>>How do I aquire a writeonly lock (in case this is the best
solution) ?

Read these for read/write locks in .NET.

ReaderWriterLock Class
http://msdn2.microsoft.com/en-us/lib...riterlock.aspx

Reader/Writer Locks and the ResourceLock Library - Jeffrey Richter
http://msdn.microsoft.com/msdnmag/is...s/default.aspx

David

Aug 9 '06 #4

"bonk" <bi*****@msn.comwrote in message
news:OG****************@TK2MSFTNGP04.phx.gbl...
Well, its not just the availability of the locked object that needs to be
taken into account. If was told that dock a lock on an object is expensive
in general. Isn't that so?
No. Locking objects using Monitor or lock() is not expensive.
David
Aug 9 '06 #5
bonk <bi*****@msn.comwrote:
Well, its not just the availability of the locked object that needs to be
taken into account. If was told that dock a lock on an object is expensive
in general. Isn't that so?
No. Uncontested locks are staggeringly cheap. While developing an
"improved" lock I measured the performance - I could acquire and
release a lock 22 million times in a second. Doing that once every two
seconds will give you a 0.000002% performance penalty. I would suggest
that that's not likely to be significant.
I suspect whoever told you that locks are expensive also advocates
using status codes as return values instead of throwing exceptions on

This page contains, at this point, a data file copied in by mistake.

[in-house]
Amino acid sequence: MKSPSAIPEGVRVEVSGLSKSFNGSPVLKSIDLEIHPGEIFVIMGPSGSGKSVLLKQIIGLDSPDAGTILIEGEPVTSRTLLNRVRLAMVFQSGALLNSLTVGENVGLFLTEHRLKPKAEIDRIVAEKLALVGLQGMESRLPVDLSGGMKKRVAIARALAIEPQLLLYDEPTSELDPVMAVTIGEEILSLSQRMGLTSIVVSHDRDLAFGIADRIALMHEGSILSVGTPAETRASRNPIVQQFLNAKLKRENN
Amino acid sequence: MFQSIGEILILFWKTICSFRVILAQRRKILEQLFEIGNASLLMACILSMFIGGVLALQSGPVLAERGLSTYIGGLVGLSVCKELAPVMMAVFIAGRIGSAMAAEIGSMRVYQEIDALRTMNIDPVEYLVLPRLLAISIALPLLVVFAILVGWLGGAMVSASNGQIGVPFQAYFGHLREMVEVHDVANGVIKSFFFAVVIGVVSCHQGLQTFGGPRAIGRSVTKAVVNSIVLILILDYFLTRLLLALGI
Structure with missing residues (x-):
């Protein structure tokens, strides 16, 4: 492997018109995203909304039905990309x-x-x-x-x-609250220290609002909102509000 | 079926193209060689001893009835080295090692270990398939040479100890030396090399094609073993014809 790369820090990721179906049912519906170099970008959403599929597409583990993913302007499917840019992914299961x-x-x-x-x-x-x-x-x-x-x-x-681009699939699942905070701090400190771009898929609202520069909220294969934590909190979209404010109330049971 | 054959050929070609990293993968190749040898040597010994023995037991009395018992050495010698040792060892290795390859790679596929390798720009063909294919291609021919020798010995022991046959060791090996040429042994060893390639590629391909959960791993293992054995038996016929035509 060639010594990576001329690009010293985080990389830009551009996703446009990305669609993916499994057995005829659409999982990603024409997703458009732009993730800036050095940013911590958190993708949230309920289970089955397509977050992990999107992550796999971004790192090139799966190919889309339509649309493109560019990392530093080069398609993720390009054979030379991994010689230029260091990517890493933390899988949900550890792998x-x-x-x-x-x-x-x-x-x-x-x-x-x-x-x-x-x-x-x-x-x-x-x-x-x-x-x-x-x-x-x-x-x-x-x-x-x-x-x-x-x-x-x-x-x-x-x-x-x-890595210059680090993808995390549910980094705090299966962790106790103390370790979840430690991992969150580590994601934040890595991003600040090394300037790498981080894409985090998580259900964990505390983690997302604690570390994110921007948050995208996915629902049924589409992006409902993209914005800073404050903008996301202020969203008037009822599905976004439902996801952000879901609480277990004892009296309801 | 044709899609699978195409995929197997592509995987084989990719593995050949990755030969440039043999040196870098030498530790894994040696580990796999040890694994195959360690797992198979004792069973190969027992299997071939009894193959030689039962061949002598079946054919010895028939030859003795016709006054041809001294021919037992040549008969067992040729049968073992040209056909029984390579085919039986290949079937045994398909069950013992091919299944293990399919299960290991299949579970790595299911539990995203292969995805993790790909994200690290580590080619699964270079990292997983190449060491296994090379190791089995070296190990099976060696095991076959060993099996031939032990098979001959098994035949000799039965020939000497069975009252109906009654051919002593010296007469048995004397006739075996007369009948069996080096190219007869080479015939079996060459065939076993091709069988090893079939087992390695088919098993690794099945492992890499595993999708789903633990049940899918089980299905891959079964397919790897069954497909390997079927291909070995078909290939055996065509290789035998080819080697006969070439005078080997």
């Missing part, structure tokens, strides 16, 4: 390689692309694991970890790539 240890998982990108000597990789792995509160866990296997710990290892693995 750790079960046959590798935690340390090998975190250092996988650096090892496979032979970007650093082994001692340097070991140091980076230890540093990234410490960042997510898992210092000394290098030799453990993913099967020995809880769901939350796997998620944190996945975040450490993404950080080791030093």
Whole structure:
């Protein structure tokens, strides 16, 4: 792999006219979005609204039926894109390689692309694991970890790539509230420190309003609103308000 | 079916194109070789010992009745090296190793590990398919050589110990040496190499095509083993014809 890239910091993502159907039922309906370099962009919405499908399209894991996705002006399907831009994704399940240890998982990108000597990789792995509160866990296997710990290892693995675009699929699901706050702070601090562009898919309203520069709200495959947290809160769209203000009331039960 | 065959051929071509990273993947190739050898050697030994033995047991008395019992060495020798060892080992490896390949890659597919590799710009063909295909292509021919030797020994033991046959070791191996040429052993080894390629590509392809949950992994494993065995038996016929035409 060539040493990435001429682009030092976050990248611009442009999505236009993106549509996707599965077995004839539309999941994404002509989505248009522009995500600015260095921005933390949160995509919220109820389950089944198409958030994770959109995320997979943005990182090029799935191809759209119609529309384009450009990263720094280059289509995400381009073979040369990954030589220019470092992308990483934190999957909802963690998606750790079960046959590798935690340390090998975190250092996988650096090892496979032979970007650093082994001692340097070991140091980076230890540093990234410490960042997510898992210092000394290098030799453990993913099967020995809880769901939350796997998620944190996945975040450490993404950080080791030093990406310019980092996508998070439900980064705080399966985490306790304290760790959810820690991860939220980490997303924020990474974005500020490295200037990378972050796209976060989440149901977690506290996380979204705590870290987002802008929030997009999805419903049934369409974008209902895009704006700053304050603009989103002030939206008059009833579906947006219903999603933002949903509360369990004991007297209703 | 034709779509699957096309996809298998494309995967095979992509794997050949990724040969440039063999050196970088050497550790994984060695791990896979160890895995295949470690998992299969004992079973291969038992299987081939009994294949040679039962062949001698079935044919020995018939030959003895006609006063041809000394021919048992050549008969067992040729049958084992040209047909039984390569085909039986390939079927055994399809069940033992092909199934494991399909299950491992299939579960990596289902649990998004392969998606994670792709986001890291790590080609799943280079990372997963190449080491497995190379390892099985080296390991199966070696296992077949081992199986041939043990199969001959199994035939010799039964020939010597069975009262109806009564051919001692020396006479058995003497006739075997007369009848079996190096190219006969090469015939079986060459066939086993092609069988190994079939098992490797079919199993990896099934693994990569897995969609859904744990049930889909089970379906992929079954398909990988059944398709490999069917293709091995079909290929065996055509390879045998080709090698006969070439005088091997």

error, right?

--
Jon Skeet - <sk***@pobox.com>
http://www.pobox.com/~skeet Blog: http://www.msmvps.com/jon.skeet
If replying to the group, please do not mail me too
Aug 9 '06 #6
Well, multithreaded code is usually very expensive to maintain,
especially when there is a lot of state shared between a lot of
threads. Locks are more expensive to human comprehension than to CPUs.
Like threads, locks are often overused, and misused, because simpler
solutions usually exist.

bonk wrote:
Well, its not just the availability of the locked object that needs to be
taken into account. If was told that dock a lock on an object is expensive
in general. Isn't that so?
Aug 10 '06 #7
<se***********@gmail.comwrote:
Well, multithreaded code is usually very expensive to maintain,
especially when there is a lot of state shared between a lot of
threads. Locks are more expensive to human comprehension than to CPUs.
Like threads, locks are often overused, and misused, because simpler
solutions usually exist.
On the other hand, if threading *does* need to be involved, using a
simple lock is often the easiest solution to sharing data in a thread-
safe way.

--
Jon Skeet - <sk***@pobox.com>
http://www.pobox.com/~skeet Blog: http://www.msmvps.com/jon.skeet
If replying to the group, please do not mail me too
Aug 10 '06 #8